Supermarkets under pressure to sell more British food
A year on from the horsemeat scandal, a new YouGov survey commissioned by the NFU shows that the pressure on supermarkets to sell more British food is as strong now as it was when a similar survey was carried out in the immediate aftermath of the scandal.
Kendall said: “The YouGov survey shows that 79 per cent of British people think British supermarkets should sell more food produced on British farms. I’m constantly told by some supermarkets that their sourcing policies are determined by what their customers want. This survey shows very clearly that consumers want more British food, so I hope they will take this on board and act on it.
“We’re not saying that supermarkets should not stock any foreign produce. But we would urge the retailers to listen to what consumers are saying.
"The horsemeat scandal showed us that food security isn’t just about an abundance of supply. It’s also about safety, quality and transparency. British farmers and growers provide some of the highest quality produce in the world produced to high standards of quality, welfare and traceability and consumers want to buy it.”
After the horsemeat scandal public trust in the supermarkets dropped significantly - from 69% to 35% according to a OnePoll survey in February 2013. A question asked by YouGov 12 months later shows the level of trust is now 52% but is still some way off trust levels before the revelations.
Mr Kendall said: “Last year I called on retailers to work on rebuilding consumer trust. While that trust has recovered to some extent there is still a long way to go. Backing British farming by stocking more British food will help retailers regain consumer confidence.
“Our farmers want to know that when retailers say they are backing British farming they are doing so at every turn and at every opportunity. There are many ways retailers can show their support – through stocking food that carries the Red Tractor logo; through the relationships they’ve created with their farmer suppliers; and through the types of supply arrangements they have in place with farmers.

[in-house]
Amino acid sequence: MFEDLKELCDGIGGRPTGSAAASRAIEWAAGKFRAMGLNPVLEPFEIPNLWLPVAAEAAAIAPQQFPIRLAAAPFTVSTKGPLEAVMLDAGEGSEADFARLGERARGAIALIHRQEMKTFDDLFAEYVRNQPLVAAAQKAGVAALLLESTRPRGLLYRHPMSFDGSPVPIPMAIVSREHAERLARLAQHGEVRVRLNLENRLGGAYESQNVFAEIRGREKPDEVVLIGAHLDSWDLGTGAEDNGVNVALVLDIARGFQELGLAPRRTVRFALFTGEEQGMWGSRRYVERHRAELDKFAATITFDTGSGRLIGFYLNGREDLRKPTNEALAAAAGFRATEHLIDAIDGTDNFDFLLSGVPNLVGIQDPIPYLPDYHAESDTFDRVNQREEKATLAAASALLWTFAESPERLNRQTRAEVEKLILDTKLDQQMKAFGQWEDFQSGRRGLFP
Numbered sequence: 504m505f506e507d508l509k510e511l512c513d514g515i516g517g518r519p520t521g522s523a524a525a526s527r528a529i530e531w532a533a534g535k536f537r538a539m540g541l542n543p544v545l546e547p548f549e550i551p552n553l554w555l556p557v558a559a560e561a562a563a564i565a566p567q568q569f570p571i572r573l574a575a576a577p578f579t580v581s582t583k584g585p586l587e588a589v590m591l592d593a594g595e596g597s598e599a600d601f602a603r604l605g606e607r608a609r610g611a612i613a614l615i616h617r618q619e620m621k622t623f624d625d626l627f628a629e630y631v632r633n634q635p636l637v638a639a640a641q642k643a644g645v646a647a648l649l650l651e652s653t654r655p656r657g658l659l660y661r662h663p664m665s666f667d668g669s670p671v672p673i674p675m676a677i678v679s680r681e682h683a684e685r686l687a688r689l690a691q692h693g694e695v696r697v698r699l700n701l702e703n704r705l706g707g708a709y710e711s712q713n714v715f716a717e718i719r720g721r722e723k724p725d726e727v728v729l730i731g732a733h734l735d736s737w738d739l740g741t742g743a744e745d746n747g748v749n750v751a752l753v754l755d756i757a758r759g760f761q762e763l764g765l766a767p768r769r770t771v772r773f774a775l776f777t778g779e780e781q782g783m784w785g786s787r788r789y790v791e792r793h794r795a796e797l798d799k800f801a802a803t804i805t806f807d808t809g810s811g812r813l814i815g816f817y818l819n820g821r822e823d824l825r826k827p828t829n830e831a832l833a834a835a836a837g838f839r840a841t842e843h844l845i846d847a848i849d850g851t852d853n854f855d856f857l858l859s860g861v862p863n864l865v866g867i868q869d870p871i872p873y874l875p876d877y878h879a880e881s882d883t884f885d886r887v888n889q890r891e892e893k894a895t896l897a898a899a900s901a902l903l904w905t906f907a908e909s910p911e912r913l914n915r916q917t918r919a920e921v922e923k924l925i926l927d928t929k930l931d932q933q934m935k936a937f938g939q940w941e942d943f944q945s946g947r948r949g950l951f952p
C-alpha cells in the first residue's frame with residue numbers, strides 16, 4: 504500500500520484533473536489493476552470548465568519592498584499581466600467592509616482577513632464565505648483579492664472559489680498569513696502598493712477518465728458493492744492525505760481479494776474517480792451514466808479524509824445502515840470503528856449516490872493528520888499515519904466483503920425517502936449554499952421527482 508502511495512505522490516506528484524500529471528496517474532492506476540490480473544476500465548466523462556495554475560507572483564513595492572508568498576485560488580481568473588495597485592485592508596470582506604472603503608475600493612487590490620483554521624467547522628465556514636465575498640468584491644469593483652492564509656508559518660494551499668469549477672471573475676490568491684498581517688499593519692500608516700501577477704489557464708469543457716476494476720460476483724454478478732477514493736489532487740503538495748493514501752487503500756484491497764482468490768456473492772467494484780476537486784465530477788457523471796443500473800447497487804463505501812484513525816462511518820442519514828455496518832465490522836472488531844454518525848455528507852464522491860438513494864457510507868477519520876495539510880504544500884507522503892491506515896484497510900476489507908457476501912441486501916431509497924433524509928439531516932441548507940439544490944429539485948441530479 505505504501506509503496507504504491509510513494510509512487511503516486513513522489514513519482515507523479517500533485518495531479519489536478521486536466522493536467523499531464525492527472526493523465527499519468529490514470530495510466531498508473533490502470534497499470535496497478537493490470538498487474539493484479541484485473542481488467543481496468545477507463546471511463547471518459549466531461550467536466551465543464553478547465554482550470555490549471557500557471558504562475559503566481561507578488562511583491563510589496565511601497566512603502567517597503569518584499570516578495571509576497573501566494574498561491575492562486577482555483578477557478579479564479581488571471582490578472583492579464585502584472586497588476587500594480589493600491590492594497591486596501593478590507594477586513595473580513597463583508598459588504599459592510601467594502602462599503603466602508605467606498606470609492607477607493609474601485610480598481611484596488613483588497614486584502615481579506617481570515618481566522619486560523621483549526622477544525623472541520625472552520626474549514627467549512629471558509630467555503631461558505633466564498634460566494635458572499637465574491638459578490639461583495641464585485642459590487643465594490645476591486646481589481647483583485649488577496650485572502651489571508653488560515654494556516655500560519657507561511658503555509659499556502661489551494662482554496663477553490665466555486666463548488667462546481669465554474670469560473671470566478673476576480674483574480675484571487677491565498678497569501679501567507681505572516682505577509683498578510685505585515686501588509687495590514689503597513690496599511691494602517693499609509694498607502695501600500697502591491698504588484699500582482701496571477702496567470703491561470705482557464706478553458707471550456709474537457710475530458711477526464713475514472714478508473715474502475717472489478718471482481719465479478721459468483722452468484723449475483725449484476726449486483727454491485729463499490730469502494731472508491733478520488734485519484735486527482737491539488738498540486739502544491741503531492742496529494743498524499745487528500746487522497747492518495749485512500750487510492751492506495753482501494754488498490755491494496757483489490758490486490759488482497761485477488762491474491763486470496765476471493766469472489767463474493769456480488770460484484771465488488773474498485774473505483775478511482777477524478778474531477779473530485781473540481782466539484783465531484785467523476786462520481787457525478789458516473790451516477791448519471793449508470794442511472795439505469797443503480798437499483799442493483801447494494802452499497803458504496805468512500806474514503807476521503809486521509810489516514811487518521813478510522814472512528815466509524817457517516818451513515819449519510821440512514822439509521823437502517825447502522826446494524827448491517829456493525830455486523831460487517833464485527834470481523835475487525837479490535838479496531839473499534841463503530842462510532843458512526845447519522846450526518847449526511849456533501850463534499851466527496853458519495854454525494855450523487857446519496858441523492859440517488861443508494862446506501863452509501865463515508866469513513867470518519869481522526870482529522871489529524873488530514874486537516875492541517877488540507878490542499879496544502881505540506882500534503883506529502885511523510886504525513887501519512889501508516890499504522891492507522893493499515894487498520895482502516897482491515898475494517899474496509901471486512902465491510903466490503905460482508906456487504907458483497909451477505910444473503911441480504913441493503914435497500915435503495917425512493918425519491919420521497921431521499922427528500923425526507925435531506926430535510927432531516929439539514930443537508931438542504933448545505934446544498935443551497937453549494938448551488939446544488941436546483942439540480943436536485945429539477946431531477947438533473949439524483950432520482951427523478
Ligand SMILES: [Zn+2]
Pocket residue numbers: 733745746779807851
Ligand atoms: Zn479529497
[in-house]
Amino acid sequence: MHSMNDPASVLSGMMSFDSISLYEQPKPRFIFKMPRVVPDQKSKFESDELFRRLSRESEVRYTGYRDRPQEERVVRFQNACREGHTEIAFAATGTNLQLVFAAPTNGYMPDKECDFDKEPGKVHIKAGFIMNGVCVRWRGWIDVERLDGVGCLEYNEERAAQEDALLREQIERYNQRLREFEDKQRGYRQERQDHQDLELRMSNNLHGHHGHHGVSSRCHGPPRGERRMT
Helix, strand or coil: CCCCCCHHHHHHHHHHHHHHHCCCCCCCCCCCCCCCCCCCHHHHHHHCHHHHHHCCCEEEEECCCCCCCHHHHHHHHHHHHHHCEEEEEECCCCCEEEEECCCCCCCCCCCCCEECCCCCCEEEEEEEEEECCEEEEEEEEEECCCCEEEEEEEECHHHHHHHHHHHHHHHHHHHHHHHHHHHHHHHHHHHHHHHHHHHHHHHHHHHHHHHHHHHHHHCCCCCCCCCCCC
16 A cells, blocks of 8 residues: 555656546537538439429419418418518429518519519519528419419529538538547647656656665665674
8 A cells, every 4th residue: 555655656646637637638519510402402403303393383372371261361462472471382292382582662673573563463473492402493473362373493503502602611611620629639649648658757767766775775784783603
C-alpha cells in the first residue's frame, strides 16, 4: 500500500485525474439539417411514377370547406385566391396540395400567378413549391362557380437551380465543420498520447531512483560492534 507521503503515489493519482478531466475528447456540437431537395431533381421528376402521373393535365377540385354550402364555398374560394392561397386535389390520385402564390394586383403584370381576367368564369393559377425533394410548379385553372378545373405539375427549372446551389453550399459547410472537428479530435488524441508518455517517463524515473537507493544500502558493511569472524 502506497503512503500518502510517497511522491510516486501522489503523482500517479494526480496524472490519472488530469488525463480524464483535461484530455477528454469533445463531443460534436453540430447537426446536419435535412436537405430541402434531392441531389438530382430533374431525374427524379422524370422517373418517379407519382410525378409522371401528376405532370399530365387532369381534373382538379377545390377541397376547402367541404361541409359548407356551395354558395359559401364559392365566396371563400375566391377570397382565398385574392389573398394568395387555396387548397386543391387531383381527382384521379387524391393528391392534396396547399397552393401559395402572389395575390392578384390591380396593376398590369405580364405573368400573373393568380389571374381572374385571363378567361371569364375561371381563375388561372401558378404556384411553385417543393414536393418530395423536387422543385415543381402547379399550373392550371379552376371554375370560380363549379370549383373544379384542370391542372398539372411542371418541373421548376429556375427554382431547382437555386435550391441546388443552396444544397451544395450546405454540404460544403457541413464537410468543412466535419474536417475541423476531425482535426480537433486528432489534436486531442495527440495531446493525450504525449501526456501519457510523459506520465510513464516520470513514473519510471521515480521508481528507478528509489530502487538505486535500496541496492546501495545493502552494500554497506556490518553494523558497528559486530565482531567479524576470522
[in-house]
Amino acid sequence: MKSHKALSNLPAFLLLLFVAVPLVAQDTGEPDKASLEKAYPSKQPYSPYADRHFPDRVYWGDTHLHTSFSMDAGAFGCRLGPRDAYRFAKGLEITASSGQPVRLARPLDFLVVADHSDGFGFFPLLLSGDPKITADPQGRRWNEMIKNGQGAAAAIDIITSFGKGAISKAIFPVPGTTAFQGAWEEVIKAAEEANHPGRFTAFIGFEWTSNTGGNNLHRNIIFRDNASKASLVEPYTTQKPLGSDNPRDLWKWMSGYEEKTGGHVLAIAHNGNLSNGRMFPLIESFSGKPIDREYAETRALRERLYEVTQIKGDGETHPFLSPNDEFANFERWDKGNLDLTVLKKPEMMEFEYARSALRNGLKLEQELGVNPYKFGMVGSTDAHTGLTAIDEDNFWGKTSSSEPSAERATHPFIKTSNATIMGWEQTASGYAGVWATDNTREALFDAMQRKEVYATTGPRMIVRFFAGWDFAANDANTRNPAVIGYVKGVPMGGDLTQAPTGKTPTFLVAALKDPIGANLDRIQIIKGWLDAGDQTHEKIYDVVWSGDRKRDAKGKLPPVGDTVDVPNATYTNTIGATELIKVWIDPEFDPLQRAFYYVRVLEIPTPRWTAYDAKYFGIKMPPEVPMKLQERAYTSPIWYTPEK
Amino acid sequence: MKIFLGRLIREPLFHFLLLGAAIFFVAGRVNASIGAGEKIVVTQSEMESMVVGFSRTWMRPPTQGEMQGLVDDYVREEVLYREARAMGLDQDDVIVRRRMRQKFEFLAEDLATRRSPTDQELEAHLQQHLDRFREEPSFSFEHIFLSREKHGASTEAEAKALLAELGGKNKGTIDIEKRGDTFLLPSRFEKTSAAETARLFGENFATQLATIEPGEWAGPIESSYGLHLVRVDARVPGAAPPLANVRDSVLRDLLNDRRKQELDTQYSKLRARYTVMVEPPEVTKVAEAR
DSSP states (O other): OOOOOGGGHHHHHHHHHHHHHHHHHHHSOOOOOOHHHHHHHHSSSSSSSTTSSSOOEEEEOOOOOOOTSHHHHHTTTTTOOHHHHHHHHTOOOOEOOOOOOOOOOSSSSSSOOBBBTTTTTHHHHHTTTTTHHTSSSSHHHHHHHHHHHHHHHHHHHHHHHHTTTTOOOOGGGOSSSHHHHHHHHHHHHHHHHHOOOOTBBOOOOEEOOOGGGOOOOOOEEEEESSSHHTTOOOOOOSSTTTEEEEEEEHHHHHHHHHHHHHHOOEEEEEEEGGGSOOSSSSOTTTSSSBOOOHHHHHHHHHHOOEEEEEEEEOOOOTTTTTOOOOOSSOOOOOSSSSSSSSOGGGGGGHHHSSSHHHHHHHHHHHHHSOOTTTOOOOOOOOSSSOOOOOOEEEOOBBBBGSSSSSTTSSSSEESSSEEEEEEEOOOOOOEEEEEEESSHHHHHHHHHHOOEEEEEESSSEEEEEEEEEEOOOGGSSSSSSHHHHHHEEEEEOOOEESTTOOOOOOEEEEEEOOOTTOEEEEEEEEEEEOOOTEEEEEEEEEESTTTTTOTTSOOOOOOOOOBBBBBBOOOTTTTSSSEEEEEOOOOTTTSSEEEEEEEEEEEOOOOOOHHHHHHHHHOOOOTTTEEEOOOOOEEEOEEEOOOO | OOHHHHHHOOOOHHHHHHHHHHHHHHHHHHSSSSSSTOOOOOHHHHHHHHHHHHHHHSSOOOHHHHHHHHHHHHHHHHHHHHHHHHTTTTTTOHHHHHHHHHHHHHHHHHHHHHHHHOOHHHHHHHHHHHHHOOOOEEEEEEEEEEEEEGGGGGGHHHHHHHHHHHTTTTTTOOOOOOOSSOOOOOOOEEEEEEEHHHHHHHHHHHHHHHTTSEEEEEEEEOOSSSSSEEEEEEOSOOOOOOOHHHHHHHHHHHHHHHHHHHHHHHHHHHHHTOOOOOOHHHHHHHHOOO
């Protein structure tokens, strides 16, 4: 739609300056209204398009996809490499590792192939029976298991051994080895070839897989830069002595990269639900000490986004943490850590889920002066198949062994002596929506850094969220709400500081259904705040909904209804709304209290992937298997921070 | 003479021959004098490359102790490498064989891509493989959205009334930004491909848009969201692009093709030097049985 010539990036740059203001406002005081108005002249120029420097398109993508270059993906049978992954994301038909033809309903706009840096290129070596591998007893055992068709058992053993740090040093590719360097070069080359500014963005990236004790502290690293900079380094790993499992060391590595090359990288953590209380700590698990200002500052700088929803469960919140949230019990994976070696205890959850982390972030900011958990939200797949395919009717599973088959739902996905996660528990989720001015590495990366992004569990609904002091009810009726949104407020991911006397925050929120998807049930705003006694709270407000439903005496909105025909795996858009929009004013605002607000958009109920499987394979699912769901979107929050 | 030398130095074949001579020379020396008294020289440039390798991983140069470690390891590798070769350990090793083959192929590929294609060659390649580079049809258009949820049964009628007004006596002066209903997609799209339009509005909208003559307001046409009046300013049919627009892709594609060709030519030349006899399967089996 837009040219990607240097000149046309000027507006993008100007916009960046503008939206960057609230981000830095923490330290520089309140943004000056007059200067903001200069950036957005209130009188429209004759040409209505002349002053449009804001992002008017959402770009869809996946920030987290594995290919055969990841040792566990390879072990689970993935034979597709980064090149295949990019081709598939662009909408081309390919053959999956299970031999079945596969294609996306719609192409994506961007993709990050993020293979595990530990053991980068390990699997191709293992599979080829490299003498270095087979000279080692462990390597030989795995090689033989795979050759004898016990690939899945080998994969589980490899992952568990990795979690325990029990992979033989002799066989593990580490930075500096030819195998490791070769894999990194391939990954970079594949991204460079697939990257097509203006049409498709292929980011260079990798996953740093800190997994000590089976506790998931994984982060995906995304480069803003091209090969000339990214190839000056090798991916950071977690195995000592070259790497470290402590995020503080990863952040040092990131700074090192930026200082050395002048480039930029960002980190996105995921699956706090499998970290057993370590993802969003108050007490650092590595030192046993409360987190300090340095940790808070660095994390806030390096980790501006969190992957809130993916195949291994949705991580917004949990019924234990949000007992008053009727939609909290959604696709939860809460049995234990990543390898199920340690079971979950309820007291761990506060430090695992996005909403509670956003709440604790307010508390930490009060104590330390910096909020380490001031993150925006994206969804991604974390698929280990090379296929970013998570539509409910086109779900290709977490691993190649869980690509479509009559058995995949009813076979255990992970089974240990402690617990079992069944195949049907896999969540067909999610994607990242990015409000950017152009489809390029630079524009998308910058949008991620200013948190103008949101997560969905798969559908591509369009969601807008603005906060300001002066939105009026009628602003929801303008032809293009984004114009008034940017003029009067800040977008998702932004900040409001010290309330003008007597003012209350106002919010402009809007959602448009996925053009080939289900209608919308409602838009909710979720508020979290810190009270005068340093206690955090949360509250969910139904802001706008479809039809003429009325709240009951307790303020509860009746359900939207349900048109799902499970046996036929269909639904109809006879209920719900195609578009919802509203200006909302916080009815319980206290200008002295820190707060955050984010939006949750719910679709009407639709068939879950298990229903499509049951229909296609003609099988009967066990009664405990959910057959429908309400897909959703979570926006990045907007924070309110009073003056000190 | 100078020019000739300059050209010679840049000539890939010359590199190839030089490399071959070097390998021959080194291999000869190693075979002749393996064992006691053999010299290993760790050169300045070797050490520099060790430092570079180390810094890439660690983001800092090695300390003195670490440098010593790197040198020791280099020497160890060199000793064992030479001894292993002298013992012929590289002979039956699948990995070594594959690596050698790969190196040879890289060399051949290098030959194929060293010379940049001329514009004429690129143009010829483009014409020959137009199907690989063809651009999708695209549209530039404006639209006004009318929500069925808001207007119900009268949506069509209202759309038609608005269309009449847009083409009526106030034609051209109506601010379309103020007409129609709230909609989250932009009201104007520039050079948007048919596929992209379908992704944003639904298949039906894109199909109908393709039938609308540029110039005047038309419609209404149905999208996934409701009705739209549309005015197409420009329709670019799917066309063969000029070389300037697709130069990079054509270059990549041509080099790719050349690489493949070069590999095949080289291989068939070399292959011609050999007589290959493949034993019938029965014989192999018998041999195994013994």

“I would urge all retailers to join those that have already done so and sign up to our Back British Farming Charter and commit to stocking more British food and working in partnership with British farmers to develop committed, fair and beneficial relationships.”
At a time when the UK faces a storm of adverse weather and economic difficulty the retailer is committed to sourcing closer to home.
Speaking to an audience of farmers, MPs and retailers at the ‘Backing the Business of British Farming’ conference, Justin King, Chief Executive at Sainsbury’s, said: “A lot has changed, we now source more British products than ever, yet many things have remained the same such as consumer trust. Consumer trust is crucial to the success of our business and of the UK farming industry.
“Together with our farmers we have invested in where and how food is produced, and as we work towards our commitment to double the amount of British food we sell by 2020 our farming Development Groups and UK producers will be key to this.”
Emphasising this commitment, the strategy focuses on: What is British will stay British, selling more British when it is in season and growing produce in Britain that would historically be sourced from abroad. To do this requires development and research, for example converting fresh pork to 100% British last summer or the trial of growing figs in Essex.
It would be good to see a similar survey conducted asking the British customer what their thoughts were on the introduction of GMO foods onto supermarket shelves also. Another relevant survey would be to find out what the British consumer's thoughts were regarding meat, eggs, milk (other than organic)being reared on GM food with no labeling already on today's supermarket shelves. Please please please UK supermarkets AND UK farmers, please ask your customers what they want FIRST before giving in to pressures.
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